There was recognition that having a National Performance Framework in Scotland is good – but what does overarching ‘sustainable economic growth’ mean? Is there a danger in pursuing alternatives that there are multiple approaches, and do we risk fragmenting effort? Is there a need to get behind one focussed argument? We need to develop tools and capacities to handle complexity and understand different and competing interests. We need to make a difference.

In summing up, the Chair closed by reading a 1969 statement from Robert Kennedy that economic factors measure everything except that which is relevant:

“Too much and too long, we seem to have surrendered community excellence and community values in the mere accumulation of material things. Our gross national product … if we should judge America by that – counts air pollution and cigarette advertising, and ambulances to clear our highways of carnage. It counts special locks for our doors and the jails for those who break them. It counts the destruction of our redwoods and the loss of our natural wonder in chaotic sprawl. It counts napalm and the cost of a nuclear warhead, and armored cars for police who fight riots in our streets. It counts Whitman’s rifle and Speck’s knife, and the television programs which glorify violence in order to sell toys to our children.

“Yet the gross national product does not allow for the health of our children, the quality of their education, or the joy of their play. It does not include the beauty of our poetry or the strength of our marriages; the intelligence of our public debate or the integrity of our public officials. It measures neither our wit nor our courage; neither our wisdom nor our learning; neither our compassion nor our devotion to our country; it measures everything, in short, except that which makes life worthwhile.”

A week after the seminar, the Nobel prize winning economist Professor Joseph E. Stiglitz provided views on alternatives to gross domestic product (GDP) as a measure of economic activity and of the wellbeing of society, to help inform the Scottish Government’s Economy, Energy and Tourism Committee of the adequacy or otherwise of current measures of economic performance.

Professor Stiglitz hoped for a wider dialogue and debate about these matters, to consider how benefits are distributed across society. Key points included:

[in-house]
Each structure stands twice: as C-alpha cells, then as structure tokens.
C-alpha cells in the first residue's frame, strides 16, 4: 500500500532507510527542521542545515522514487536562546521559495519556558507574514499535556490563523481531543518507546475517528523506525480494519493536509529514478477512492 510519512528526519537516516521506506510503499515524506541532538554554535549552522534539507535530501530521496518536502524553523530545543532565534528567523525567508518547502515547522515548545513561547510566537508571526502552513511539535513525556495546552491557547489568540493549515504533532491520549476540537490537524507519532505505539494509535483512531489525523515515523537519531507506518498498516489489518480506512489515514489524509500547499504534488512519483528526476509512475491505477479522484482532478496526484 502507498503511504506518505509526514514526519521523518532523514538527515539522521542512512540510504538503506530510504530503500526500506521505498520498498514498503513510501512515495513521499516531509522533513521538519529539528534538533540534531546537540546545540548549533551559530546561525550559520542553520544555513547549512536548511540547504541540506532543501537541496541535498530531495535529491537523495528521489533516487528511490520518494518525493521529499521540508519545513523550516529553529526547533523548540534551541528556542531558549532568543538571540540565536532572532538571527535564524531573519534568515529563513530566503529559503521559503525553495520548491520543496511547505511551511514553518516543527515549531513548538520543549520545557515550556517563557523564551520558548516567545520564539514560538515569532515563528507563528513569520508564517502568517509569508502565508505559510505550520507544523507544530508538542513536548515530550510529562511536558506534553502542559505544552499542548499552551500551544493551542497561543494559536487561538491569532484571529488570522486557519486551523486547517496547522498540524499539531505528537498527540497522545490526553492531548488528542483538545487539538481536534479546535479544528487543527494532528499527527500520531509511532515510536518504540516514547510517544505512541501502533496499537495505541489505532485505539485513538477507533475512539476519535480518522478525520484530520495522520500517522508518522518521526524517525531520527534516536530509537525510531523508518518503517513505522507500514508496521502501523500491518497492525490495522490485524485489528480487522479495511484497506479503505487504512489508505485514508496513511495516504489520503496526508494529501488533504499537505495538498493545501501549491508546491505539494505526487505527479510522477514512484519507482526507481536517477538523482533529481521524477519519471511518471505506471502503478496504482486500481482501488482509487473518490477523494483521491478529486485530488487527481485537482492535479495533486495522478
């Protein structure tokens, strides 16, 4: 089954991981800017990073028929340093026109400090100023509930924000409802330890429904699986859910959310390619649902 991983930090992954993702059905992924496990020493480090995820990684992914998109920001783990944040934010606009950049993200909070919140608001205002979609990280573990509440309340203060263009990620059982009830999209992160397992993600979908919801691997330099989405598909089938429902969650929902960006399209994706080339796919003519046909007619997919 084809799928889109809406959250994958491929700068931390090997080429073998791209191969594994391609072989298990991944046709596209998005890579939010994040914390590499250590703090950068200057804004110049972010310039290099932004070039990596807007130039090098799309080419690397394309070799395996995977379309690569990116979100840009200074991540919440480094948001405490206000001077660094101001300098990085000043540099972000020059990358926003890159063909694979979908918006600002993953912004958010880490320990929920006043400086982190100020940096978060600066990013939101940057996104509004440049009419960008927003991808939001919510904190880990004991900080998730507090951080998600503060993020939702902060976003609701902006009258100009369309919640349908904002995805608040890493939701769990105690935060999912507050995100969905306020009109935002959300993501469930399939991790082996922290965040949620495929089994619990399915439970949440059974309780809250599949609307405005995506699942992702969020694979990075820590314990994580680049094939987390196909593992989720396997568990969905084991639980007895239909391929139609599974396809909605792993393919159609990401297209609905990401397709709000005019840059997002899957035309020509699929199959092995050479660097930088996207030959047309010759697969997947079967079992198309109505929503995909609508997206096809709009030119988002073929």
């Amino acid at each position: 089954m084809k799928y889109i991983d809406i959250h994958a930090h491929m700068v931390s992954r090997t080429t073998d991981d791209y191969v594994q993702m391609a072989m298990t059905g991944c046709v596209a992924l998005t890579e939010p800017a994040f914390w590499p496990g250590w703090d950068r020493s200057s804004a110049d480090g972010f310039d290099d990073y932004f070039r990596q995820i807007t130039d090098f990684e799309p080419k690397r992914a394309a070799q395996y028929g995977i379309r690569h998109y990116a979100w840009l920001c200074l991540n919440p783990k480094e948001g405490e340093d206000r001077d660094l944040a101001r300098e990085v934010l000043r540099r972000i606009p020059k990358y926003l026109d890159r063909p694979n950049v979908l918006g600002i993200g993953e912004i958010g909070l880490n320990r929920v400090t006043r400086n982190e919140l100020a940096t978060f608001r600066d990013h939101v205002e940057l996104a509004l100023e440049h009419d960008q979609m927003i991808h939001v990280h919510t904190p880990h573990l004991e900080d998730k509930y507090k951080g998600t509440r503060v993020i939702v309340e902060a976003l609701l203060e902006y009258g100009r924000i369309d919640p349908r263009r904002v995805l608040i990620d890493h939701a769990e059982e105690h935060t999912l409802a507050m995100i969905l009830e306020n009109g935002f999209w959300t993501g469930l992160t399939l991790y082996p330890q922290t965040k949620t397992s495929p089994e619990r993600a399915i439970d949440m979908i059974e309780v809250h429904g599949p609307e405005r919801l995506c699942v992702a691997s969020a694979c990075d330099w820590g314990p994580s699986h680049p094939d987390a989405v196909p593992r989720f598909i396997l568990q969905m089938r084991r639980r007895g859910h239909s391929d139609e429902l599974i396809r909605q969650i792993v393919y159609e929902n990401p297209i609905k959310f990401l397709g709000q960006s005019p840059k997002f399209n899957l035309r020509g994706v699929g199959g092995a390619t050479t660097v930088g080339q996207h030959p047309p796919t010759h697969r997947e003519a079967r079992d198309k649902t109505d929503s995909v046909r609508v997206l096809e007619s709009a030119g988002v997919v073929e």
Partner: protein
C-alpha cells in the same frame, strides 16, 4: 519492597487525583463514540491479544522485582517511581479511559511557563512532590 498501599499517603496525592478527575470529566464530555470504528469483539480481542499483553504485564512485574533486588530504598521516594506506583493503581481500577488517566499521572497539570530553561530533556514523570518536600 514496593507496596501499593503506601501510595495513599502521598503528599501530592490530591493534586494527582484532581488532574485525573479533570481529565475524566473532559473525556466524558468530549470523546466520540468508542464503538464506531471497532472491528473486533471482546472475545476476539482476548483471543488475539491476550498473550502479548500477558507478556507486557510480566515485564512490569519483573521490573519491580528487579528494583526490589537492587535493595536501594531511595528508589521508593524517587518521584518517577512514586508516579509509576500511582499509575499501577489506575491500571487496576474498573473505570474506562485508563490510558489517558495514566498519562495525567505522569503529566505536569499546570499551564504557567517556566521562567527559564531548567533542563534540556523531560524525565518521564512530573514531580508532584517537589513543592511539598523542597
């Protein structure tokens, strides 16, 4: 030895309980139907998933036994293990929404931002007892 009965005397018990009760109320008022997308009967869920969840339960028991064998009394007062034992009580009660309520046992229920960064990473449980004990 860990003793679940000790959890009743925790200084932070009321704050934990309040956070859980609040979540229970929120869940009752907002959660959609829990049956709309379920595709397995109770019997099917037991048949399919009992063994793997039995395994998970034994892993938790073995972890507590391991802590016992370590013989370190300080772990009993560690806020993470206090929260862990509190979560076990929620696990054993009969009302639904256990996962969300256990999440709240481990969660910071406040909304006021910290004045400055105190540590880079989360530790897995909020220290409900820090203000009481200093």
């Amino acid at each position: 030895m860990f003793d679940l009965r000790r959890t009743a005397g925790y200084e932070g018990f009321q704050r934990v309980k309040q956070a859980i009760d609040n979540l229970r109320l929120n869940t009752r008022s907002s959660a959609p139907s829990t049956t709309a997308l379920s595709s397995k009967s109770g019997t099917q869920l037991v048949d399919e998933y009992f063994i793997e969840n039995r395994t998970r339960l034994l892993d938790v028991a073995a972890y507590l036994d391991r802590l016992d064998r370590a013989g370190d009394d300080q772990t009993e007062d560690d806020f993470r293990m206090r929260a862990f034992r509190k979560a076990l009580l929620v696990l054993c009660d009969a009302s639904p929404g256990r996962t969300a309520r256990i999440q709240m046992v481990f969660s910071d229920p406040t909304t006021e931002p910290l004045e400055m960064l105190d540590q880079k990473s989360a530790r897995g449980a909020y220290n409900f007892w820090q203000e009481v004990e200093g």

• Instead of GDP – a measure of market activity – we should measure GNP as a measure of citizen income (e.g. multinationals in Ireland ensure high GDP, but provide poor salaries or tax benefits)
  • GDP is inadequate as it doesn’t tell you about things that matter: inequality; sustainability (economic / environmental); depletion of natural resources; wellbeing; opportunity (e.g. education); health; connected / social cohesion / community; security; fear
  • GDP does not measure ‘sense of worth’; how people make a meaningful contribution to society
    We should monitor the median/typical rather than the ‘average’ (120% increase in wealth has gone to the top 1% in USA, where GDP has risen, and median income has stagnated across the last 15 to 40 years)
  • There is a requirement for a ‘dashboard’ of measures that monitor a range of factors and which enable society to consider how resources are managed to achieve outcomes. Factors should be weighted to reflect local importance
  • Any measure/metrics should account for depletion (recognised at the level of the firm but not the country) – e.g. North Sea oil and gas has been depleted below ground without any accompanying build up of wealth [education, etc] above ground
  • We need to measure ‘wellbeing’ in a broader sense, and develop a more rounded measure of equality e.g. equality of opportunity / education. Material goods are not an end in themselves – the way we organise society leaves inequalities.
  • Sustainability is vital – we have created ‘false prosperity’ to the detriment of society; too much borrowing created ‘fake wealth’

There is a need for a wider engagement and dialogue; a single minded focus on GDP has left decision making in the hands of technocrats to manage the economy, whereas choices and values need to be debated and understood by society at large; talk about inflation or the economy depicts a situation requiring simple choices but a broader dialogue is required; we need mechanisms to negotiate complex and complicated trade offs (e.g. accounting for security of employment, quality of environment, connected and cohesive society, etc); a ‘dashboard’ of metrics can help to identify where problems are and where trade-offs are required. These are not perfect measures – but neither is GDP a perfect measure!